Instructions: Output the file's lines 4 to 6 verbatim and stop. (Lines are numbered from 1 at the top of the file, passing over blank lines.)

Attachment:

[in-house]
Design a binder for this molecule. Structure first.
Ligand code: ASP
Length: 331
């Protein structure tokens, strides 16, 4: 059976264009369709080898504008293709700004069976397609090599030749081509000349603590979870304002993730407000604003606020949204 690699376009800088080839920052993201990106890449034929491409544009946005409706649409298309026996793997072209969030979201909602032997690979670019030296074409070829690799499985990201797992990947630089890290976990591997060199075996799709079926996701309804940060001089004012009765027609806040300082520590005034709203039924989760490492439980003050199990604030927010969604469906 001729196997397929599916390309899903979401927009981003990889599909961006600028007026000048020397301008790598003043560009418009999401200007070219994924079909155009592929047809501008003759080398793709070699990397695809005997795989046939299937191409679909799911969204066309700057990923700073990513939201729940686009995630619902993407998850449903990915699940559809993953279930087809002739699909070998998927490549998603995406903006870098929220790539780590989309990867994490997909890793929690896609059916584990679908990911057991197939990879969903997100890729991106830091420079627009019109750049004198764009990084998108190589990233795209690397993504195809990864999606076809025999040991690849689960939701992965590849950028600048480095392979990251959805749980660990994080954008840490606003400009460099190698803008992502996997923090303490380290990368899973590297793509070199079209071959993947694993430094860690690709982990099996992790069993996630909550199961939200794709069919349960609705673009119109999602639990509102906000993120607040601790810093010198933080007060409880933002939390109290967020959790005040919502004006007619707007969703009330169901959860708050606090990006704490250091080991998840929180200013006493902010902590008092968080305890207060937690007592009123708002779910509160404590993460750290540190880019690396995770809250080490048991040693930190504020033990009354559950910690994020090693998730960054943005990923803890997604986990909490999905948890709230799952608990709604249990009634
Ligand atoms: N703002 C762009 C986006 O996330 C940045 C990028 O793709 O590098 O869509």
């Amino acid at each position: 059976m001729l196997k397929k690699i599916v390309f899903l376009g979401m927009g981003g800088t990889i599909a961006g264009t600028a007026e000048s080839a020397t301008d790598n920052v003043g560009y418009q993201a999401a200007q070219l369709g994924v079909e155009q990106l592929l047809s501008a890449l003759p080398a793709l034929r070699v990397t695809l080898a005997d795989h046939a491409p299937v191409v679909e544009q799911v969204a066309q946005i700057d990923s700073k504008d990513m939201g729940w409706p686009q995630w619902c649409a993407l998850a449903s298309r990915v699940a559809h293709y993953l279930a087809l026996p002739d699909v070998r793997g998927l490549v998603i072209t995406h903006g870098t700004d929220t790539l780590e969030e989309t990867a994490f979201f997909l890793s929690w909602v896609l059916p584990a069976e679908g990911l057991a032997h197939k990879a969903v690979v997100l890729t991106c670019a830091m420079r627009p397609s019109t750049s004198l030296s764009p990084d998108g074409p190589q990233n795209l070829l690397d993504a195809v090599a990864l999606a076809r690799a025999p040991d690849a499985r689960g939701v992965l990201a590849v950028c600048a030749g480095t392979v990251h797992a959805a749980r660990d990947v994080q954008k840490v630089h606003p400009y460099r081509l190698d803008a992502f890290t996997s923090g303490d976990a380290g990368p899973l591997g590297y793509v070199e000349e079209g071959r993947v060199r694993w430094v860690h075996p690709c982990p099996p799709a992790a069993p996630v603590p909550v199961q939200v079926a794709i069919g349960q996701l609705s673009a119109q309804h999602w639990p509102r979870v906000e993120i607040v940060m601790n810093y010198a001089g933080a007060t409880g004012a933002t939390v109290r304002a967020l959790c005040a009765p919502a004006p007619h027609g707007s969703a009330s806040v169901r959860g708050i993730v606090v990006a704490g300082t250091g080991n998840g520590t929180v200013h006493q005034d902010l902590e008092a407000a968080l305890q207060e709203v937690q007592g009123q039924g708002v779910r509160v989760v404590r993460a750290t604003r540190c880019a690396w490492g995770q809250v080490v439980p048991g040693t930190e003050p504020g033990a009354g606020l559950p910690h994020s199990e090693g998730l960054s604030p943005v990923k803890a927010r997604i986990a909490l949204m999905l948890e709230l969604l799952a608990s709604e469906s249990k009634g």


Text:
Length: 331
């Protein structure tokens, strides 16, 4: 059976264009369709080898504008293709700004069976397609090599030749081509000349603590979870304002993730407000604003606020949204 690699376009800088080839920052993201990106890449034929491409544009946005409706649409298309026996793997072209969030979201909602032997690979670019030296074409070829690799499985990201797992990947630089890290976990591997060199075996799709079926996701309804940060001089004012009765027609806040300082520590005034709203039924989760490492439980003050199990604030927010969604469906 001729196997397929599916390309899903979401927009981003990889599909961006600028007026000048020397301008790598003043560009418009999401200007070219994924079909155009592929047809501008003759080398793709070699990397695809005997795989046939299937191409679909799911969204066309700057990923700073990513939201729940686009995630619902993407998850449903990915699940559809993953279930087809002739699909070998998927490549998603995406903006870098929220790539780590989309990867994490997909890793929690896609059916584990679908990911057991197939990879969903997100890729991106830091420079627009019109750049004198764009990084998108190589990233795209690397993504195809990864999606076809025999040991690849689960939701992965590849950028600048480095392979990251959805749980660990994080954008840490606003400009460099190698803008992502996997923090303490380290990368899973590297793509070199079209071959993947694993430094860690690709982990099996992790069993996630909550199961939200794709069919349960609705673009119109999602639990509102906000993120607040601790810093010198933080007060409880933002939390109290967020959790005040919502004006007619707007969703009330169901959860708050606090990006704490250091080991998840929180200013006493902010902590008092968080305890207060937690007592009123708002779910509160404590993460750290540190880019690396995770809250080490048991040693930190504020033990009354559950910690994020090693998730960054943005990923803890997604986990909490999905948890709230799952608990709604249990009634
Ligand atoms: N703002 C762009 C986006 O996330 C940045 C990028 O793709 O590098 O869509």